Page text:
Why Isoprenoids?

Over 40,000 compounds derived from isopentenyl pyrophosphate (IPP) have been characterized1,2. In mammals, these include: cholesterol, bile acids, steroid hormones, dolichol, coenzyme Q, and prenylated proteins. In plants, the isoprenoid pathway generates a wide variety of compounds including rubber, isoprene gas, and carotenoids. (See: http://tinyurl.com/KeggIsoPath).

The field of isoprenoid metabolism is broad-based, and includes research in areas of cell biology, pharmacology, biochemistry, immunology, microbiology, medicine, and plant physiology. Some examples:

Inhibitors of various steps in the isoprenoid pathway are used in drug therapy. Statins inhibit HMG-CoA reductase and are used to treat hypercholesterolemia. Statins appear to have pleiotropic effects beyond cholesterol lowering. To determine if the effect observed is due to inhibition of the nonsterol pathway, researchers add isoprenoid pyrophosphates (e.g., GGPP) to statin-treated cells and look for reversal. In many cases, the isoprenoid pyrophosphate has been shown to enter cells and reverse the effect, suggesting that a branch pathway is involved (e.g., protein geranylgeranylation)3,4. Confirmation can be achieved using protein prenyltransferase inhibitors.

Bisphosphonates inhibit prenyltransferase and are used to treat postmenopausal osteoporosis and tumor-induced osteolysis. As with investigating the effects of statins, isoprenoids can be added back to determine what role each compound plays in bringing about the cytotoxic effects of these drugs5,.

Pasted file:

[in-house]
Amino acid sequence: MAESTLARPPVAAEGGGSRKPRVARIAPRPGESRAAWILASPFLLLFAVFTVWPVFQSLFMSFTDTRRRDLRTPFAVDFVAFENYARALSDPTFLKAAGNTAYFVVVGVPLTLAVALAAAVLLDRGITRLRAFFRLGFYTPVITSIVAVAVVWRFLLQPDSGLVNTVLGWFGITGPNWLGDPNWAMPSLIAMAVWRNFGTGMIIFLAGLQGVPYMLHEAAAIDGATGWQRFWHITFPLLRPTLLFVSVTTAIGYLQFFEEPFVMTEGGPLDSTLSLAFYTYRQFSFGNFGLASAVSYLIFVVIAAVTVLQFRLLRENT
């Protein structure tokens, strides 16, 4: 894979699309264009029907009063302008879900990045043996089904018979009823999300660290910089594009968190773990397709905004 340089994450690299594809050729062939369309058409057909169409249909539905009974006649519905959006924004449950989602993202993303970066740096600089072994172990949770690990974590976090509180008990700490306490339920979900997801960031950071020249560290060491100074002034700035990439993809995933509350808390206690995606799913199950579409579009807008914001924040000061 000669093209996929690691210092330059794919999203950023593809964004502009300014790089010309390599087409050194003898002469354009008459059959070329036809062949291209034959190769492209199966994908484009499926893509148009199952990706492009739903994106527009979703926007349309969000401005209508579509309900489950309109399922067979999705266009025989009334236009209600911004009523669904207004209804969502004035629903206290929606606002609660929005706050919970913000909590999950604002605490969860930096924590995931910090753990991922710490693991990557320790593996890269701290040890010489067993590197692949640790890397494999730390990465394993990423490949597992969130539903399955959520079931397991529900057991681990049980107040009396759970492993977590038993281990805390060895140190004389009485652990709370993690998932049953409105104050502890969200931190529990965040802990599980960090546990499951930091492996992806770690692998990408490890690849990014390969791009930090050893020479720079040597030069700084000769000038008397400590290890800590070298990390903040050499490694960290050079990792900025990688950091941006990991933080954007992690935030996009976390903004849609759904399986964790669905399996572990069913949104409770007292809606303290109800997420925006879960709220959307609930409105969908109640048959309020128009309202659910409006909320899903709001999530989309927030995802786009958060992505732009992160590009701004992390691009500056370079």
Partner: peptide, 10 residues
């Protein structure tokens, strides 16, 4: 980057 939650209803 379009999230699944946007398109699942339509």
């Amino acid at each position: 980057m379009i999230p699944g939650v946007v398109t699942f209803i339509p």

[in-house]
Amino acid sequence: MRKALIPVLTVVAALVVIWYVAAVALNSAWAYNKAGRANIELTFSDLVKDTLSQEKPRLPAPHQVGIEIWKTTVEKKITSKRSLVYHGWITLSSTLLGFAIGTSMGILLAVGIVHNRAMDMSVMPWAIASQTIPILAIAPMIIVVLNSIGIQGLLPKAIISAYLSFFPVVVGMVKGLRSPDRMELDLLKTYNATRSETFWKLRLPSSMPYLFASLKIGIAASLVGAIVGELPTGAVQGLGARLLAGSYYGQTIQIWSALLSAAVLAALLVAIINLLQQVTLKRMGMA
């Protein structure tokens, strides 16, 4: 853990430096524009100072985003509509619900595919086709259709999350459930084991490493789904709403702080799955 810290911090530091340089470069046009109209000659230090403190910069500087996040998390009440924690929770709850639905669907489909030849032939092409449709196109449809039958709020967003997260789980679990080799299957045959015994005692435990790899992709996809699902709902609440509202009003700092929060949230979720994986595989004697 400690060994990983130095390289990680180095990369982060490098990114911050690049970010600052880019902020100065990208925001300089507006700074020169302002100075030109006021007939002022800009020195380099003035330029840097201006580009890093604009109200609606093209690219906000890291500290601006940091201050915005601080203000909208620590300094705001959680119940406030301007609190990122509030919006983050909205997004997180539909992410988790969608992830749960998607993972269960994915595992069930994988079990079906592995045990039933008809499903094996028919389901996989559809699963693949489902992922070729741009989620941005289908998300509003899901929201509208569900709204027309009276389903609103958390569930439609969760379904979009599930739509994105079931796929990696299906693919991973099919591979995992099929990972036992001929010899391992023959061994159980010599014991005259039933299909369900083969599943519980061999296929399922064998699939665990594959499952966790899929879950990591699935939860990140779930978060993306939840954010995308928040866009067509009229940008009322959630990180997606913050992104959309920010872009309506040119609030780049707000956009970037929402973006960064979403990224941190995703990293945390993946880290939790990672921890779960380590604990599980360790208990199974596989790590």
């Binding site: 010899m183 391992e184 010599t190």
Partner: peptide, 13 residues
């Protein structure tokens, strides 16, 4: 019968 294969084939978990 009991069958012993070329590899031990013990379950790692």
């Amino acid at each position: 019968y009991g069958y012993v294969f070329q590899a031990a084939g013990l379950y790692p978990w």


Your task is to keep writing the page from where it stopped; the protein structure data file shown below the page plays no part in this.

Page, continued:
Fosmidomycin is an inhibitor of the nonmevalonate pathway of isoprenoid synthesis. This drug inhibits growth of Plasmodium, the microbe responsible for malaria, apparently by blocking a requirement for IPP6. Once again, adding back different isoprenoids is a strategy to determine the IPP derived metabolite necessary for survival.

Protein prenyltransferase inhibitors (FTIs, GGTIs) have been developed for use in cancer chemotherapy as well as other maladies, such as parasitic infections and  progeria7,8. These enzymes use FPP and GGPP as substrates.

Screening of inhibitors that block isoprenoid pyrophosphate utilizing enzymes. The development of more effective drugs with the same targets as those mentioned above requires high throughput screening and, accordingly, an inexpensive source of high quality isoprenoid pyrophosphates.

Determination of the level of cellular isoprenoid pyrophosphate pools. To examine the effectiveness of various drugs and suss out the regulation of the key metabolic enzymes involved, several investigators have developed sensitive methods for quantifying the isoprenoid pyrophosphate levels in cells and tissue samples9,10,11.

Identification of phosphoantigens that activate γδ-T cells. These cells play an active role in adaptive immunity and perhaps tumor immunology. They are known to be activated by phosphorylated isoprenoid compounds12.